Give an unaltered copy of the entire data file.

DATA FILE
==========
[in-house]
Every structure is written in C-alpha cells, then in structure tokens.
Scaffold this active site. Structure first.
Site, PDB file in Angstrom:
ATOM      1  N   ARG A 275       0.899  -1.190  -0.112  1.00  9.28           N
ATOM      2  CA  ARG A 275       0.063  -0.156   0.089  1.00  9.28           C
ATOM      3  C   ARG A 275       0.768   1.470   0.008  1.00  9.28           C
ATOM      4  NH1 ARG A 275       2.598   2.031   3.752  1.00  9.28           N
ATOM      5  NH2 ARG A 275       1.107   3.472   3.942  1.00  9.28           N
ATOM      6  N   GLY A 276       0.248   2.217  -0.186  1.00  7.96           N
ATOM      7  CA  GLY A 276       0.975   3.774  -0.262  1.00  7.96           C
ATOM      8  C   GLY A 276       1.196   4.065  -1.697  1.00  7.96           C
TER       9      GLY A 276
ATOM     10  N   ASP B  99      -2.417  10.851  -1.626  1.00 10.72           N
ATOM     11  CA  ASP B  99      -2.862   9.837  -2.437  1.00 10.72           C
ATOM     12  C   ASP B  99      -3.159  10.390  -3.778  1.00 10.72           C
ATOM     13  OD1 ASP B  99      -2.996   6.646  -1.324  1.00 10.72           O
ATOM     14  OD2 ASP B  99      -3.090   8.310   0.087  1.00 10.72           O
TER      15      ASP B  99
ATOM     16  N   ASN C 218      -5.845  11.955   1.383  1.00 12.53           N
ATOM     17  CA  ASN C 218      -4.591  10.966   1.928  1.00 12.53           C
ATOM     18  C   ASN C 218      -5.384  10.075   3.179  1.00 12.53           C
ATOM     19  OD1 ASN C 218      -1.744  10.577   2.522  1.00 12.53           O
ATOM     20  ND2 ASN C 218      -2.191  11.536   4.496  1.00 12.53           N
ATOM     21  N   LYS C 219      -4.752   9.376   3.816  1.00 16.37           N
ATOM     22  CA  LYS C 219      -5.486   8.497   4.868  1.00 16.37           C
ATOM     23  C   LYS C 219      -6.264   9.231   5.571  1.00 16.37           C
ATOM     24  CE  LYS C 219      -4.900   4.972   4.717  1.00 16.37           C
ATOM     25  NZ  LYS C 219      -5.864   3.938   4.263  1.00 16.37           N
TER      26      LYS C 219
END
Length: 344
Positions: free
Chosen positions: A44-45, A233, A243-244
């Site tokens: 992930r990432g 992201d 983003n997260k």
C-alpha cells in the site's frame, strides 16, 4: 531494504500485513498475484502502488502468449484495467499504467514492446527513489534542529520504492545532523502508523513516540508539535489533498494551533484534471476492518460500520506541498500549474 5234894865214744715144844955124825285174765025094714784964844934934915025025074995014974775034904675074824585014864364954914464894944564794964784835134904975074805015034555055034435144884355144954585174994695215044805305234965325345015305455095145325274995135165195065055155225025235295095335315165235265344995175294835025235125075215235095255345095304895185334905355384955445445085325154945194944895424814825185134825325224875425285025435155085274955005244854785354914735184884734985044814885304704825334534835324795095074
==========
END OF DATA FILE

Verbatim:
[in-house]
Every structure is written in C-alpha cells, then in structure tokens.
Scaffold this active site. Structure first.
Site, PDB file in Angstrom:
ATOM      1  N   ARG A 275       0.899  -1.190  -0.112  1.00  9.28           N
ATOM      2  CA  ARG A 275       0.063  -0.156   0.089  1.00  9.28           C
ATOM      3  C   ARG A 275       0.768   1.470   0.008  1.00  9.28           C
ATOM      4  NH1 ARG A 275       2.598   2.031   3.752  1.00  9.28           N
ATOM      5  NH2 ARG A 275       1.107   3.472   3.942  1.00  9.28           N
ATOM      6  N   GLY A 276       0.248   2.217  -0.186  1.00  7.96           N
ATOM      7  CA  GLY A 276       0.975   3.774  -0.262  1.00  7.96           C
ATOM      8  C   GLY A 276       1.196   4.065  -1.697  1.00  7.96           C
TER       9      GLY A 276
ATOM     10  N   ASP B  99      -2.417  10.851  -1.626  1.00 10.72           N
ATOM     11  CA  ASP B  99      -2.862   9.837  -2.437  1.00 10.72           C
ATOM     12  C   ASP B  99      -3.159  10.390  -3.778  1.00 10.72           C
ATOM     13  OD1 ASP B  99      -2.996   6.646  -1.324  1.00 10.72           O
ATOM     14  OD2 ASP B  99      -3.090   8.310   0.087  1.00 10.72           O
TER      15      ASP B  99
ATOM     16  N   ASN C 218      -5.845  11.955   1.383  1.00 12.53           N
ATOM     17  CA  ASN C 218      -4.591  10.966   1.928  1.00 12.53           C
ATOM     18  C   ASN C 218      -5.384  10.075   3.179  1.00 12.53           C
ATOM     19  OD1 ASN C 218      -1.744  10.577   2.522  1.00 12.53           O
ATOM     20  ND2 ASN C 218      -2.191  11.536   4.496  1.00 12.53           N
ATOM     21  N   LYS C 219      -4.752   9.376   3.816  1.00 16.37           N
ATOM     22  CA  LYS C 219      -5.486   8.497   4.868  1.00 16.37           C
ATOM     23  C   LYS C 219      -6.264   9.231   5.571  1.00 16.37           C
ATOM     24  CE  LYS C 219      -4.900   4.972   4.717  1.00 16.37           C
ATOM     25  NZ  LYS C 219      -5.864   3.938   4.263  1.00 16.37           N
TER      26      LYS C 219
END
Length: 344
Positions: free
Chosen positions: A44-45, A233, A243-244
């Site tokens: 992930r990432g 992201d 983003n997260k």
C-alpha cells in the site's frame, strides 16, 4: 531494504500485513498475484502502488502468449484495467499504467514492446527513489534542529520504492545532523502508523513516540508539535489533498494551533484534471476492518460500520506541498500549474 5234894865214744715144844955124825285174765025094714784964844934934915025025074995014974775034904675074824585014864364954914464894944564794964784835134904975074805015034555055034435144884355144954585174994695215044805305234965325345015305455095145325274995135165195065055155225025235295095335315165235265344995175294835025235125075215235095255345095304895185334905355384955445445085325154945194944895424814825185134825325224875425285025435155085274955005244854785354914735184884734985044814885304704825334534835324795095074